The House on 92nd Street (1945) Henry Hathaway
20th Century Fox DVD (1:28)
The House on 92nd Street is a strange bird. It starts as a semidocumentary, complete with voiceover narration about the ongoing struggles and activities of the FBI (made with the full cooperation of J. Edgar Hoover, who can been seen in the film) and using actual agents on camera. Hathaway (or more accurately, producer Louis De Rochemont, who was the driving force behind the film) incorporates stock footage of FBI agents and actual criminals, making 1945 audiences wonder whether they were watching a crime drama or a documentary.
The movie then focuses on an actual plot. An American university student named Bill Dietrich (William Eythe, above) is recruited by the Nazis, largely due to his German name and nationality. Dietrich contacts his local FBI and meets agent George Briggs (Lloyd Nolan, below right). Briggs asks Dietrich to infiltrate the Nazis, acting as a double agent to gather intelligence from them.
From this point, we think the rest of the film is going to be from Dietrich’s point of view, but we’re mistaken. In a dramatic shift, we spend significant time looking into the Nazi ring itself, which constitutes the most fascinating part of the film with some excellent characters and wonderful performances including Signe Hasso as Elsa Gebhardt, Lydia St. Clair as Johanna Schmidt, and Leo G. Carroll as Colonel Hammersohn. Many of these and other characters were based on real German spies and their presence in the film creates some excellent tension and suspense.I wish I could’ve been part of the original audience for this film. I’m sure many of them felt as if they’d been given a read “behind-the-scenes” look at FBI operations, and truthfully, the film may contain a fair amount of authenticity. The voice-over narration was provided by Reed Hadley, who would’ve been quite familiar to audiences in the mid-1940s, having provided narration for many Department of Defense films, but also the voice of the cowboy on the Red Ryder radio shows of the 1940s and Zorro in the 1939 radio serial Zorro’s Fighting Legion. I don’t know what type of promotional tactics 20th Century Fox concocted at the time, but most of these actors were somewhat unknown to the general public. Although Lloyd Nolan had appeared in many previous films, I doubt he was a household name. Leo G. Carroll might have been recognized by Alfred Hitchcock fans by having appeared in Rebecca (1940) and Suspicion (1941). (Carroll’s famous role in Spellbound (1945) wasn’t in the public mind yet, since the film was released a few months after The House on 92nd Street.) Also, if you’ve got a good eye, you’ll spot E.G. Marshall in his first screen appearance.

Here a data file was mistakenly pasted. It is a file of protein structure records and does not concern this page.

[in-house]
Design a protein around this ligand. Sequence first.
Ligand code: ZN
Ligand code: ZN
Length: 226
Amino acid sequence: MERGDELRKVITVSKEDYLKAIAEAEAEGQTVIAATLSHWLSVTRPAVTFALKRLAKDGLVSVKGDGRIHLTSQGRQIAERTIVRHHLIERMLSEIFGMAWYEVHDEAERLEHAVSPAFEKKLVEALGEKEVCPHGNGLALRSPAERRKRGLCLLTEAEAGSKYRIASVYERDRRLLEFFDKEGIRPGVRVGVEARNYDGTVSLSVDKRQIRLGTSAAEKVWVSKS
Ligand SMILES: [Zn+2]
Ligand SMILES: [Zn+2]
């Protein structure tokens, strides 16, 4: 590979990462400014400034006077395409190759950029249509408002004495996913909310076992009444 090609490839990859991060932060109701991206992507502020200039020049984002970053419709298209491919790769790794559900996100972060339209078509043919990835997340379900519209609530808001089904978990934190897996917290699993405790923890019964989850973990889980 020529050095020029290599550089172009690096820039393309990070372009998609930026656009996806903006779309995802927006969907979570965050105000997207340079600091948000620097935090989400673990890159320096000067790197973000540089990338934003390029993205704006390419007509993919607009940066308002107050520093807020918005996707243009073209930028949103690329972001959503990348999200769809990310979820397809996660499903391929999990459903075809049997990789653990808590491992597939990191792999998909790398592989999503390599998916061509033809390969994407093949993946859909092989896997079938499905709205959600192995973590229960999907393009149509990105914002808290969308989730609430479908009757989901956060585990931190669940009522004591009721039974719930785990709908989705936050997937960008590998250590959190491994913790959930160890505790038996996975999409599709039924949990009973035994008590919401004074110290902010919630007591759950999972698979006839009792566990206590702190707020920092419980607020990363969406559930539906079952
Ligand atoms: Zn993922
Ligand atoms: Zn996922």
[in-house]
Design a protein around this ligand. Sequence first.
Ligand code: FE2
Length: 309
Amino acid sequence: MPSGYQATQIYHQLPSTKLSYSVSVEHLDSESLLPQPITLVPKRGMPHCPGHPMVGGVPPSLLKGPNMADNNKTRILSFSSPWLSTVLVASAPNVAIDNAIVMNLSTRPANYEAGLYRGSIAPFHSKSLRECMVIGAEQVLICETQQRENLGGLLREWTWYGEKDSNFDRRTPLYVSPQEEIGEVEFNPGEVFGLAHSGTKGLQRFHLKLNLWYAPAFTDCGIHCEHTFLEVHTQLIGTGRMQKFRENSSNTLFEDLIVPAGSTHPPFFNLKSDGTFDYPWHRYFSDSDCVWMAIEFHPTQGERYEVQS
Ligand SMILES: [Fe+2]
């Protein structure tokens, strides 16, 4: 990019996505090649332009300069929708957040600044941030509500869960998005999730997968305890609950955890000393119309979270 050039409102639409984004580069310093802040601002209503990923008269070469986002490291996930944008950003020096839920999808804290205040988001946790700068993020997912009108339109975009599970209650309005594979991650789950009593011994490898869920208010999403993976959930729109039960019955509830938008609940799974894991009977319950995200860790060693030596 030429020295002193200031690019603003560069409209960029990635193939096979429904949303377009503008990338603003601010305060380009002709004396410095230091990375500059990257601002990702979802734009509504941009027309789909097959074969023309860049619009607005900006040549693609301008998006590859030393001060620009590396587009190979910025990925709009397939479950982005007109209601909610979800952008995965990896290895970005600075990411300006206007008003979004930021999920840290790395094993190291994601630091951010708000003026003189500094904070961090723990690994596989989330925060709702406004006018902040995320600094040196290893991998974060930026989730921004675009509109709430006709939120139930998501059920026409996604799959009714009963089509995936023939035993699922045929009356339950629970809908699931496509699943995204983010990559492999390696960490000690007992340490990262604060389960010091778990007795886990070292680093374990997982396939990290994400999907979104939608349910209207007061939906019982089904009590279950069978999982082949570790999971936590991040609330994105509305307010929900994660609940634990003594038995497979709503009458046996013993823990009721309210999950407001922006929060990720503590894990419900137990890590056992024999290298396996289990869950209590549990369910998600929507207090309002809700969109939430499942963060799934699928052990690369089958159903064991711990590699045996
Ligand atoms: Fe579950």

If the film “felt” authentic at the time (It won an Oscar for Best Original Story – Charles G. Booth – and an Edgar Award for Best Screenplay), it certainly no longer does now. Yet, putting yourself back in the mindset of most Americans in 1945, you can understand why it did seem authentic. Therein lies both the film’s charm and its datedness.
In his commentary on the Fox DVD, Eddie Muller brings up the question of whether The House on 92nd Street is a film noir at all. You could make a case for either side. Although it contains several elements of noir (especially its ending, which uses showcases some wonderful cinematography), the film could also be considered a police (or agency) procedural. The semidocumentary style comes in and goes out, confusing the audience somewhat and taking it a little farther away from noir territory with each instance. However you classify it, The House on 92nd Street is effective, often gripping, and definitely worth a look. Does it belong in your film noir collection? Yes.
The House on 92nd Street is getting a Blu-ray release from Kino Lorber on November 15, 2016.